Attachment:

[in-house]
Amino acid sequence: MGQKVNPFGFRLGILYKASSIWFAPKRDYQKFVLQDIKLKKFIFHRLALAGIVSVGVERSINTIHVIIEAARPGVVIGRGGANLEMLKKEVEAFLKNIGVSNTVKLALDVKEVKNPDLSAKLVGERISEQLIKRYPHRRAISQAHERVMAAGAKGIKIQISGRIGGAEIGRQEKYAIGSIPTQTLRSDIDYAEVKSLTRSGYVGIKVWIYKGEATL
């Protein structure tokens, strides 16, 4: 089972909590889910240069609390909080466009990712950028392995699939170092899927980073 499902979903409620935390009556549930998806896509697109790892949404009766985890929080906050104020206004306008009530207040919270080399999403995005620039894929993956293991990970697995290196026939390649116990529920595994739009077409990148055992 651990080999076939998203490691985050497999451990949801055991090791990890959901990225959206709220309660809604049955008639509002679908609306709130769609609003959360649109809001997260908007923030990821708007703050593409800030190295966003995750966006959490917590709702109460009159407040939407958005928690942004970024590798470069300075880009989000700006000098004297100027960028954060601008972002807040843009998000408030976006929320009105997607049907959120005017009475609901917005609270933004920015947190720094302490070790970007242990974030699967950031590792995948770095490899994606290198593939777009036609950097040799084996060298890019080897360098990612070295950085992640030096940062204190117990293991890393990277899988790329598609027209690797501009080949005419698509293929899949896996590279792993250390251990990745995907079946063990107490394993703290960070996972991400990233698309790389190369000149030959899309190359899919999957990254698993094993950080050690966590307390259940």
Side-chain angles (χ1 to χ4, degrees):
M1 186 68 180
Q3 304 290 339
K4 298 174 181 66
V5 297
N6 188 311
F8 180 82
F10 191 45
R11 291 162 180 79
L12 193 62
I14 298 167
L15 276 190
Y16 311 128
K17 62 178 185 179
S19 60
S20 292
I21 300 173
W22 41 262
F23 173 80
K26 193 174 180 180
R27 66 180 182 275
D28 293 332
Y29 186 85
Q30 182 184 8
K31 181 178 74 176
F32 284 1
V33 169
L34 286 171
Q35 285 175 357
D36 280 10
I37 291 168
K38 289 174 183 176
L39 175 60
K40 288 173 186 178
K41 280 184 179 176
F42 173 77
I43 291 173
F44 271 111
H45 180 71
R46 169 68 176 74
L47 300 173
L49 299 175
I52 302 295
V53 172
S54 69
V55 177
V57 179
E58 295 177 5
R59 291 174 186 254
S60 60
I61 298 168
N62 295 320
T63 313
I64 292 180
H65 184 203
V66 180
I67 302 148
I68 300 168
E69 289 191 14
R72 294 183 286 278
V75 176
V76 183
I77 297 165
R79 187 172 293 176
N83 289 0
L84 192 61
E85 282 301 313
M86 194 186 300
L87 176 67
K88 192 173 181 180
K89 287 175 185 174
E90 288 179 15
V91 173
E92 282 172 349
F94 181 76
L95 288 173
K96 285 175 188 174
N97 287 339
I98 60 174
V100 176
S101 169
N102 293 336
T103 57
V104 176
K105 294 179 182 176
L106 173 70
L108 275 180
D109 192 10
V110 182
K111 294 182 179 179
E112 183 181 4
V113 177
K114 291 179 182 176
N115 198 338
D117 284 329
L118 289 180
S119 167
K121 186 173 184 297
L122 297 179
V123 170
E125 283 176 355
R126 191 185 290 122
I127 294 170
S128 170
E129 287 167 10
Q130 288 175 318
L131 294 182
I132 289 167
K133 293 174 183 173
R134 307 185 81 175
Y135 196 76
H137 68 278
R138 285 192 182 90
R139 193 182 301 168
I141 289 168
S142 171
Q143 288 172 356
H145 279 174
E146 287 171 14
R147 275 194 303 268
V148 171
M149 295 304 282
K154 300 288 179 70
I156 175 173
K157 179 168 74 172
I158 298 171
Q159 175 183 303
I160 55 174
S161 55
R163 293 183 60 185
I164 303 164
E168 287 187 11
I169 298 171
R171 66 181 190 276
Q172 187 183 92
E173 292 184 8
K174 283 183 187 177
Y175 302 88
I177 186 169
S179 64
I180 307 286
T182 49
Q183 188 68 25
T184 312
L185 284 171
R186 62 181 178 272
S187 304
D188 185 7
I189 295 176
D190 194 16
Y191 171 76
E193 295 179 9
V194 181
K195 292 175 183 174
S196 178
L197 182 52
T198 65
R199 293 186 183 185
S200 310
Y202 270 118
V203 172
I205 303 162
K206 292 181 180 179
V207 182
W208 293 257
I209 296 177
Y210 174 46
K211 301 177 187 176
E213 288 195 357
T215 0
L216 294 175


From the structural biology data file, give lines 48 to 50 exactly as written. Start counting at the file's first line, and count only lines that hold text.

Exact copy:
S54 69
V55 177
V57 179